British Airways owner International Airlines Group (IAG) (IAG) has placed new shares to prop up the group’s shrinking balance sheet. The company  expects to raise €2.75 billion through a heavily discounted capital increase.

IAG takes a strategy of new shares placement and expects to issue a €2.97 billion new shares at a price of €0.92 each. However, according to current Nasdaq statistics, the share price fell by 36% as a discount to the previous price on September 9, 2020.

The largest shareholder of the group, Qatar Airways group has already committed to support the proposed capital raising.

“A capital increase of up to €2.75 billion will enhance the group’s resilience, balance sheet and liquidity position,” Willie Walsh, the CEO of IAG, announced in the interim management statement. “This will best position IAG to continue executing its strategic objectives and capitalise on its existing market leading position and future growth and consolidation opportunities,” added he.

Earlier in July 2020, British Airways owner presented a revision of terms of share subscription process for the fully underwritten capital increase.For each existing share of IAG, its holder is entitled to one subscription right, according to the new terms Also, shareholders can subscribe to three new shares for every two subscription rights they own.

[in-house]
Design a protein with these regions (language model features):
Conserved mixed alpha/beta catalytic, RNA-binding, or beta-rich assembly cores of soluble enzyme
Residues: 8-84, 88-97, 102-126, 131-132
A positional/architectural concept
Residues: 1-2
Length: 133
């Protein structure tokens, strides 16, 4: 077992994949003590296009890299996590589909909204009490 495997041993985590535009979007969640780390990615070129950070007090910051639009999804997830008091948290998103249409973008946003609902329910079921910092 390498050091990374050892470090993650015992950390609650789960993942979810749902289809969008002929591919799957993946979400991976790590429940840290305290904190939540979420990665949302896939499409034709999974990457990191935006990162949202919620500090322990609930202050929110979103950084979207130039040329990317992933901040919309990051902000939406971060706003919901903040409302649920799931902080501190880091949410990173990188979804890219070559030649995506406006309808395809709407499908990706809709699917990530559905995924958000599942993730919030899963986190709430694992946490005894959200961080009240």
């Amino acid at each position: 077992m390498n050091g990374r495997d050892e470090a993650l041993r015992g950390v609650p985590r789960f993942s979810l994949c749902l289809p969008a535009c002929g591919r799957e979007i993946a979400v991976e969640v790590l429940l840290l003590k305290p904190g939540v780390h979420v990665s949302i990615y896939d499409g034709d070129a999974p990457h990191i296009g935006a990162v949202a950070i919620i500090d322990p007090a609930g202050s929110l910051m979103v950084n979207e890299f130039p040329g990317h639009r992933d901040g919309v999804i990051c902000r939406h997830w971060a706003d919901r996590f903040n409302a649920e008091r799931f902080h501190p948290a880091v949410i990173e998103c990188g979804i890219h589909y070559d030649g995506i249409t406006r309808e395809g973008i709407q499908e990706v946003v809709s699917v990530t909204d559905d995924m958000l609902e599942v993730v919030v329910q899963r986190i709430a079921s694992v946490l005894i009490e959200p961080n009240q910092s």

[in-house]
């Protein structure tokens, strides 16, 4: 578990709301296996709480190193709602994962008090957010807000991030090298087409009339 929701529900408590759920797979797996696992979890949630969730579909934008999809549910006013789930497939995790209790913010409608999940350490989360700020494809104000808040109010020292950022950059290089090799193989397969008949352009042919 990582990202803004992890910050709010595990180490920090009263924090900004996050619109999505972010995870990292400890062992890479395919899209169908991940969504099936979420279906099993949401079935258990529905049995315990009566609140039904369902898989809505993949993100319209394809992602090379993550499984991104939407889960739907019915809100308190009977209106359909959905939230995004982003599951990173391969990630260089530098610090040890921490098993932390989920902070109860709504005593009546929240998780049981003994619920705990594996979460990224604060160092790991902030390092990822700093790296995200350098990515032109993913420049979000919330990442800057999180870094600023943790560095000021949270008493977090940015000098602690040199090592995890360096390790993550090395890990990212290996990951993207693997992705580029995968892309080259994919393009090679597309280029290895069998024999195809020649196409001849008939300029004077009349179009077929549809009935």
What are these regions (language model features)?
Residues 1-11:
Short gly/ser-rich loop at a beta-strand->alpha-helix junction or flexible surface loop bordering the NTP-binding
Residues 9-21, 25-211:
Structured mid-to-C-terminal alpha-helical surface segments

As all IAG airlines have made substantial losses in 2020, Walsh said that the group expected that it would take until at least 2023 for passenger demand to recover to 2019 level. The group reported a record operating loss of €1,365 million compared to an operating profit of €960 million in 2019, the financial results of 2020 showed.

The total operating losses of the IAG were deepened by the early retirement of British Airways’ Boeing 747s and Iberia’s Airbus A340s that came to a loss of €2,177 million. 

However, IAG continues to take actions to strengthen its balance sheet and liquidity position - at the end of June the group's liquidity stood at €8.1 billion.

IAG said the capital increase would reduce debt on its balance sheet and help it withstand a prolonged downturn in travel.